That Plastic Bag You Carry Your Groceries In Could Prevent Newborn Hypothermia, a New Study Shows

(Via SciDevNet, my first article for the publication. I don’t really like the way it was edited, but it gets the point across well enough. The version I originally wrote, and like better, is up at PolicyMic and ThinkAfricaPress)

Plastic bags ‘can keep newborns alive’

[KAMPALA] Ordinary plastic bags — such as those used for foods — can prevent premature and low birth-weight babies from developing hypothermia, a trial conducted in Zambia has shown.

Infants placed in food-grade polythene bags after birth were substantially less likely to suffer from low body temperature, which is particularly dangerous for low birth-weight newborns and can lead to increased risk of infection, respiratory distress, failure to thrive and in extreme cases, death.

In developed countries, polythene bags are often used to keep highly premature newborns warm immediately after birth, but only for a few minutes before they are placed in an incubator.

The researchers, at the University Teaching Hospital in Lusaka, investigated whether this would work for longer durations with moderately preterm infants — between 26 and 36 weeks’ gestational age — in clinics that lack resources, such as incubators.

More than 100 newborns were randomised into two groups, with some placed in polythene bags immediately after birth and others receiving standard care. One hour after birth, the infants in the bags were 79 per cent more likely to have normal body temperature than the control group — 59 per cent and 33 per cent respectively, an absolute increase of 26 per cent.

Waldemar Carlo, study co-author, tells SciDev.Net that “all babies have a large surface area to body mass and are predisposed to hypothermia, and premature babies are even more predisposed”.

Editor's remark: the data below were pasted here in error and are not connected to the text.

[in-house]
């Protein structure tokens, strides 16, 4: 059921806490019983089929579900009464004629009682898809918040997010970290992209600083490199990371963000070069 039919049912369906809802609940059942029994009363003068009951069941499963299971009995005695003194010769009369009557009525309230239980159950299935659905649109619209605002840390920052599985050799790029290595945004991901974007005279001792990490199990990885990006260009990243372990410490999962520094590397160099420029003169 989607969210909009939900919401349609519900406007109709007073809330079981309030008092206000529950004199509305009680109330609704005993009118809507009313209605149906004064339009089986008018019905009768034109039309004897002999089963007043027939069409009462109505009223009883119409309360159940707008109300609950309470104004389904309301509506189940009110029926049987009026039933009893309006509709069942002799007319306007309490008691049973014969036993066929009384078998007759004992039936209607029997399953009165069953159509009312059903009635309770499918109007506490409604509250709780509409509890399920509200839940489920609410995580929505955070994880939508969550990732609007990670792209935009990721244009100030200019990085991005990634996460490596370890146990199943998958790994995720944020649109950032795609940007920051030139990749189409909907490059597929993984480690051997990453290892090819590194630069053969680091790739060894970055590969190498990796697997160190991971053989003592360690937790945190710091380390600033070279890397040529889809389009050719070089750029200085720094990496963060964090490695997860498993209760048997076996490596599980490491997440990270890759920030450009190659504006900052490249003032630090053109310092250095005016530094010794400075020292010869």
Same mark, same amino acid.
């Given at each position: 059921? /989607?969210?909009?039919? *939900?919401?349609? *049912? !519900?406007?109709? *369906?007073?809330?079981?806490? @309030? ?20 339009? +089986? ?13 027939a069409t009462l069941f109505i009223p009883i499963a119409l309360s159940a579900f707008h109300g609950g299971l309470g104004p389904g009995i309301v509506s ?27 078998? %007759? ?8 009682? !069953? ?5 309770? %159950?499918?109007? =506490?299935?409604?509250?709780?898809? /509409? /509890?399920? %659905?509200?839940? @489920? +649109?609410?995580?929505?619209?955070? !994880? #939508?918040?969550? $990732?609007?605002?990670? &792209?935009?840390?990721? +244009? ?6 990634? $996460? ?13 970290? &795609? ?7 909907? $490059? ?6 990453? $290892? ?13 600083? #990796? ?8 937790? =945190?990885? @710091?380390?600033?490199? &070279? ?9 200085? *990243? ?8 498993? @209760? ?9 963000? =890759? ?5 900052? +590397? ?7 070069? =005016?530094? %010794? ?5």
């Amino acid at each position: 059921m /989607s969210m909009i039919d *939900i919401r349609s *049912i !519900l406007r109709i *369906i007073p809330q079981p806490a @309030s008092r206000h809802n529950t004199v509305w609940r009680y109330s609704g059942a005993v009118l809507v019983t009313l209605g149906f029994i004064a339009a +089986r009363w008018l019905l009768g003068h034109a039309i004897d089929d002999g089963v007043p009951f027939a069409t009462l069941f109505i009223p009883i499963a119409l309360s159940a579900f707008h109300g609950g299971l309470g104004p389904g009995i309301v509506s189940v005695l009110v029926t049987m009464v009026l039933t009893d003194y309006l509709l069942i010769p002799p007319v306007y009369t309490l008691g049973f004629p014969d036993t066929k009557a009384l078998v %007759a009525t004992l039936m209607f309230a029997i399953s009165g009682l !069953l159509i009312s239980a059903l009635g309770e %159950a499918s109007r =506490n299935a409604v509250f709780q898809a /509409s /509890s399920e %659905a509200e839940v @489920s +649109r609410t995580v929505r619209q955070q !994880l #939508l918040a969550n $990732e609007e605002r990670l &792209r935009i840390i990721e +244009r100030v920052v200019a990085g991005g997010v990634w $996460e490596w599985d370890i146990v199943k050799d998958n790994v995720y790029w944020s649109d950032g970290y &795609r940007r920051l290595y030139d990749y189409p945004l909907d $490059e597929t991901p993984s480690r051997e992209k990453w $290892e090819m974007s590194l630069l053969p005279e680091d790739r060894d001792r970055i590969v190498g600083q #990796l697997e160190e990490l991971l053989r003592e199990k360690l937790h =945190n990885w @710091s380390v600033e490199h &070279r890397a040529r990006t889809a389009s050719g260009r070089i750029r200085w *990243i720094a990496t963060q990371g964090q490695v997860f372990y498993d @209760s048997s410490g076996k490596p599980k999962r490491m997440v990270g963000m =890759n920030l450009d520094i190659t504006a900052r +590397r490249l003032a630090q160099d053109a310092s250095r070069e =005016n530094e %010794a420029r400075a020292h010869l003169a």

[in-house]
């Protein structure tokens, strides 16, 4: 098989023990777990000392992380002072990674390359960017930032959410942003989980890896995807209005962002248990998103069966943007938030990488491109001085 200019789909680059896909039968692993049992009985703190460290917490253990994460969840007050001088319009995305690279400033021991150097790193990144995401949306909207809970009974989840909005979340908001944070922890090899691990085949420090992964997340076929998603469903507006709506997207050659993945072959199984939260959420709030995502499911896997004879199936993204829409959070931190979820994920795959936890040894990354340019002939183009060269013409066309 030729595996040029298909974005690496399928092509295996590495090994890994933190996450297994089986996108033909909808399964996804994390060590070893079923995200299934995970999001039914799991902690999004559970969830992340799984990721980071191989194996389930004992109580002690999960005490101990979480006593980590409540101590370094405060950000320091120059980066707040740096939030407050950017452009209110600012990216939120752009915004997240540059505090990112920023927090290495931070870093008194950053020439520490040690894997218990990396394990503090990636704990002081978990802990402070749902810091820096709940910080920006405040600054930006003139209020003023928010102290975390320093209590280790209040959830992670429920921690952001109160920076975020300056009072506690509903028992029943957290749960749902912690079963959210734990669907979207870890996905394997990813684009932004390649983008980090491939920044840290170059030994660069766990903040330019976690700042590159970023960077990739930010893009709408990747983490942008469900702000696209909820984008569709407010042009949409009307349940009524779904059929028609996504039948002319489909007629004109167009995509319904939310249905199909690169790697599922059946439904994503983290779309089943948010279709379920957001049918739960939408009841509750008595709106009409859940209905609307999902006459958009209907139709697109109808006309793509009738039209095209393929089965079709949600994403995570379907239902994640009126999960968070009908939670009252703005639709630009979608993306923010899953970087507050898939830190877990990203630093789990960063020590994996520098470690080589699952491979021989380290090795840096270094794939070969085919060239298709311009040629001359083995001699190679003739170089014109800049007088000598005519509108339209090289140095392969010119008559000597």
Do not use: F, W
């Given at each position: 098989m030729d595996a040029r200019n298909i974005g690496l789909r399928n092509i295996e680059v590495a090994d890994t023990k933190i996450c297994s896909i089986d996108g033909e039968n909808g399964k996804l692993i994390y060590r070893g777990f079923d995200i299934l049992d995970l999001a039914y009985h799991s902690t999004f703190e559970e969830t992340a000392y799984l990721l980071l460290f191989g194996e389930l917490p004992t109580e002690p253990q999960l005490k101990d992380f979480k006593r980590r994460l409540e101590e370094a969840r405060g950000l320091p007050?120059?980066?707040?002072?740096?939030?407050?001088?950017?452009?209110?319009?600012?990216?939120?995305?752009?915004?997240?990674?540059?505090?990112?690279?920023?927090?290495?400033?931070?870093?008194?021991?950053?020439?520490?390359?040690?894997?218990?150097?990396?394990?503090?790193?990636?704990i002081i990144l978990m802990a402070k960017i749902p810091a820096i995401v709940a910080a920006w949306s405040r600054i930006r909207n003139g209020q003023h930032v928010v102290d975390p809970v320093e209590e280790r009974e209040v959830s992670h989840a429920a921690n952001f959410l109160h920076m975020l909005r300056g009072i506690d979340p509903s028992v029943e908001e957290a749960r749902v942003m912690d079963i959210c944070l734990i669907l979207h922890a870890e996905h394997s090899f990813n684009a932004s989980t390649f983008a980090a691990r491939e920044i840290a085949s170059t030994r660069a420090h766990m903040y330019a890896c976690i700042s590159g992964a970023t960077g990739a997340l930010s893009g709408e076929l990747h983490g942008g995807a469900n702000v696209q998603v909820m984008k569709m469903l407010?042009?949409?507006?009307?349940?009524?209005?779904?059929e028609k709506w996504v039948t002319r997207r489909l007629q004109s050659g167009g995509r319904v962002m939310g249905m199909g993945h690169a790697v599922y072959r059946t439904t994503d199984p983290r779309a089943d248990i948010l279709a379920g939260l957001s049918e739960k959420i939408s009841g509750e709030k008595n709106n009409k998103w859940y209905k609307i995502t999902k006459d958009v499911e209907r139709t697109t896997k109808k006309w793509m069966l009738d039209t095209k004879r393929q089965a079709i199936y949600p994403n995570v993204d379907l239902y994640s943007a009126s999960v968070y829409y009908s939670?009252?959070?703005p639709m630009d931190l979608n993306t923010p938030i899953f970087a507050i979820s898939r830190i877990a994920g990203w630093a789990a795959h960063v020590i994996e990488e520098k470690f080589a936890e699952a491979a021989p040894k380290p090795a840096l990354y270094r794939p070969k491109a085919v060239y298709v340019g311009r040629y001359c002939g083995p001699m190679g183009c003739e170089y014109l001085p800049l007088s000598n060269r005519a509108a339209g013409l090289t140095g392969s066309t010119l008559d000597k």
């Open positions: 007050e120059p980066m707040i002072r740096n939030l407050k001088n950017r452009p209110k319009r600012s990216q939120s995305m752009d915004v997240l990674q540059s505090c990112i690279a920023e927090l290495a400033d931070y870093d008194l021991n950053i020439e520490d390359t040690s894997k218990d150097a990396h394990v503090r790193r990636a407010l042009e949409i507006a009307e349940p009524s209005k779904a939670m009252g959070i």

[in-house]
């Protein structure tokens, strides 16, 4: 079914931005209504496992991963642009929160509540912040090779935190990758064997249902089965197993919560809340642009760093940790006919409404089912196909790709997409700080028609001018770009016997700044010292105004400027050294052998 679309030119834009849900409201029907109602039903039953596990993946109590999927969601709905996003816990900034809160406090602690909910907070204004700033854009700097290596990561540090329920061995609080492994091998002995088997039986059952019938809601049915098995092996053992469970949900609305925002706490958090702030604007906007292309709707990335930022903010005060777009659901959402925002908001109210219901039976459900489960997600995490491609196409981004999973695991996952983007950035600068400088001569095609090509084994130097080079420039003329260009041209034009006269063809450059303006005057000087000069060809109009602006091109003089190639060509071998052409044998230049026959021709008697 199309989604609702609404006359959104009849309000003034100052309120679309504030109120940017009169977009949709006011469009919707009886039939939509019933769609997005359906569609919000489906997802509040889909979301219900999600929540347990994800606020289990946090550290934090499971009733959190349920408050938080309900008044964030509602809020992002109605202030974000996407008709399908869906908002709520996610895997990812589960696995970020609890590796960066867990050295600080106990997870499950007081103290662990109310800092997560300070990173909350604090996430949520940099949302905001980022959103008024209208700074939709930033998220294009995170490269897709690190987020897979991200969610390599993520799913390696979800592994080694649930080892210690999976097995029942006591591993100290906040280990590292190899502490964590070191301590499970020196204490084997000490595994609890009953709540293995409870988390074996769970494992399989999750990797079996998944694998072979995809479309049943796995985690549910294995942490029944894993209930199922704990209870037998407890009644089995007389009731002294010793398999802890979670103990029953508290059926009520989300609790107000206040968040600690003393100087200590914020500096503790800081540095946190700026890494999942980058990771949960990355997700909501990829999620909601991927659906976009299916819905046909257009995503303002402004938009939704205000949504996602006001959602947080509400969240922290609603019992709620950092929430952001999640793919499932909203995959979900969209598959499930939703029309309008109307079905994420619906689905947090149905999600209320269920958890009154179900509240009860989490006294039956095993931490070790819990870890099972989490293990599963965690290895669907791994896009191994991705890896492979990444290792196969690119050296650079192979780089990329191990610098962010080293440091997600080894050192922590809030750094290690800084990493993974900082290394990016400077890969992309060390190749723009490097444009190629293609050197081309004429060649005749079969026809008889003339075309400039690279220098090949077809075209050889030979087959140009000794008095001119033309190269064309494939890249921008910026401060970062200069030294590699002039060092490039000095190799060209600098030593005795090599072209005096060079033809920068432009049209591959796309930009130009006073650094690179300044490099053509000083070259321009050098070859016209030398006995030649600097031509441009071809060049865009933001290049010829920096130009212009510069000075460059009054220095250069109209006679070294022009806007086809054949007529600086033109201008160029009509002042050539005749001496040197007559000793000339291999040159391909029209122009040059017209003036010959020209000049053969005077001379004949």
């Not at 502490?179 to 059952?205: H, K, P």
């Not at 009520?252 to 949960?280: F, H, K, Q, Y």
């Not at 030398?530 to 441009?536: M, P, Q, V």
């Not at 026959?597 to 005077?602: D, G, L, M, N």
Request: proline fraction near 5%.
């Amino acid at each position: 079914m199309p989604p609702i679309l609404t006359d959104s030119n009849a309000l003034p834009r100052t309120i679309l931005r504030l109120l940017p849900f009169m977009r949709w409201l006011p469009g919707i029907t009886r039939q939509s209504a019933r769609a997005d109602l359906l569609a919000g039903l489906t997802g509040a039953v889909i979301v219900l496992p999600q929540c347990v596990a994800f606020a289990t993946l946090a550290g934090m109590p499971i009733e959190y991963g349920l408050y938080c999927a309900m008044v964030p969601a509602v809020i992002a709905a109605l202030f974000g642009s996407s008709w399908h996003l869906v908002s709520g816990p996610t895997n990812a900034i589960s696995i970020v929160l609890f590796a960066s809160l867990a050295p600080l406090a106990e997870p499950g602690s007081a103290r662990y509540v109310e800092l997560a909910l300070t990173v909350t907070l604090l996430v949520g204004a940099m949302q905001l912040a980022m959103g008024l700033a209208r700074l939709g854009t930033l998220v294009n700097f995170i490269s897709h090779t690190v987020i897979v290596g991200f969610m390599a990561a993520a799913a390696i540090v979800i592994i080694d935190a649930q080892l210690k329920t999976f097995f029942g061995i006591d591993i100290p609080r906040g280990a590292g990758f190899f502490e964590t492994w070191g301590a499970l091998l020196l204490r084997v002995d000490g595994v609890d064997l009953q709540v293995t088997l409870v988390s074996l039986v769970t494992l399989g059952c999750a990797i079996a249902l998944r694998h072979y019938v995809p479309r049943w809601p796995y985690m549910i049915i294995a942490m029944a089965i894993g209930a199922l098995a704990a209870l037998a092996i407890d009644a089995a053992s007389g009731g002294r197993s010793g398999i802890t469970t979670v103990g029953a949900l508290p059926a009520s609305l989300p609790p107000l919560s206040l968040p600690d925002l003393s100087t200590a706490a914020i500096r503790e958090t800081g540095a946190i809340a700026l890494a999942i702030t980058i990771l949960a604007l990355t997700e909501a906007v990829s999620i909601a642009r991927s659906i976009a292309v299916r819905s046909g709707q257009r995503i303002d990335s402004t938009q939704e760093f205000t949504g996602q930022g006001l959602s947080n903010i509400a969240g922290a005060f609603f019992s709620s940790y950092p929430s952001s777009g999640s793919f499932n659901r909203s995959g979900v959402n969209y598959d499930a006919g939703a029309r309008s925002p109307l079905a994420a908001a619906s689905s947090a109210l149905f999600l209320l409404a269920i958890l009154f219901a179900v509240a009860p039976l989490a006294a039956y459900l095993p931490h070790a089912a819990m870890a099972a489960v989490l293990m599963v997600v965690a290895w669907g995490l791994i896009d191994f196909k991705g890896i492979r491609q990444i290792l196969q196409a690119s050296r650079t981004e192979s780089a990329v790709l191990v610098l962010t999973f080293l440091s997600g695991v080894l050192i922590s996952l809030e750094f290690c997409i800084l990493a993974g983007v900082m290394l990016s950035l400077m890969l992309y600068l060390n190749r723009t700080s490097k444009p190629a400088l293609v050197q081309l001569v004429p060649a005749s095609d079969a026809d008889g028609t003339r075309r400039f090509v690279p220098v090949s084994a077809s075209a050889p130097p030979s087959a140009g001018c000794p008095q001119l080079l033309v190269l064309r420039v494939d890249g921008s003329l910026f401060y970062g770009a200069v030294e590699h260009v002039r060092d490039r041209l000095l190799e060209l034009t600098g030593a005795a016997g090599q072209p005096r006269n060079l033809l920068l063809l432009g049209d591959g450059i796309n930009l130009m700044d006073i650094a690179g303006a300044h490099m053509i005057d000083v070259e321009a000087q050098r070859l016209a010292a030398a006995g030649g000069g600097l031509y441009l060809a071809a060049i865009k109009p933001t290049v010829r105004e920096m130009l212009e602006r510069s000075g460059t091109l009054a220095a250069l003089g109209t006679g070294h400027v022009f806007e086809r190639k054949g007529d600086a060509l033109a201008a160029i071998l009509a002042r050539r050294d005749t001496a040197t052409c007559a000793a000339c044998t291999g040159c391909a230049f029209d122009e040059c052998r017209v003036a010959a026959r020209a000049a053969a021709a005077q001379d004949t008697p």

Without heat-generating mechanisms, infants cannot recoup the heat they lose. Placing a newborn in a wrap or suit is thought to act as a barrier to evaporative heat loss, keeping the baby warm.

Lisa Umphrey, a paediatrician with Médecins Sans Frontières who has worked in Uganda, says the study “suggests that the practice has importance in under-resourced settings given the high rates of neonatal morbidity and mortality in these clinical settings. This is a topic that deserves much more discussion and investigation.”

As a first-line of defence against hypothermia, food-grade plastic bags had a significant effect but even babies put in the bags had a 41 per cent chance of being too cold one hour after birth.

Other low-cost solutions, such as Embrace BabyWrap, may help keep babies warm longer. The product uses a warming pad placed inside a baby wrap — the pad can be heated with hot water if electricity is intermittent or unavailable.

This is also available at the University Teaching Hospital, according to Carlo, who adds it may be one “long-term solution for some patients”.

Ultimately, though, when it comes to cost, there is nothing as inexpensive as plastic bags for hypothermia, he says. “These are food bags we just throw away.”

Link to abstract in Pediatrics

This article has been produced by SciDev.Net’s Sub-Saharan Africa desk.

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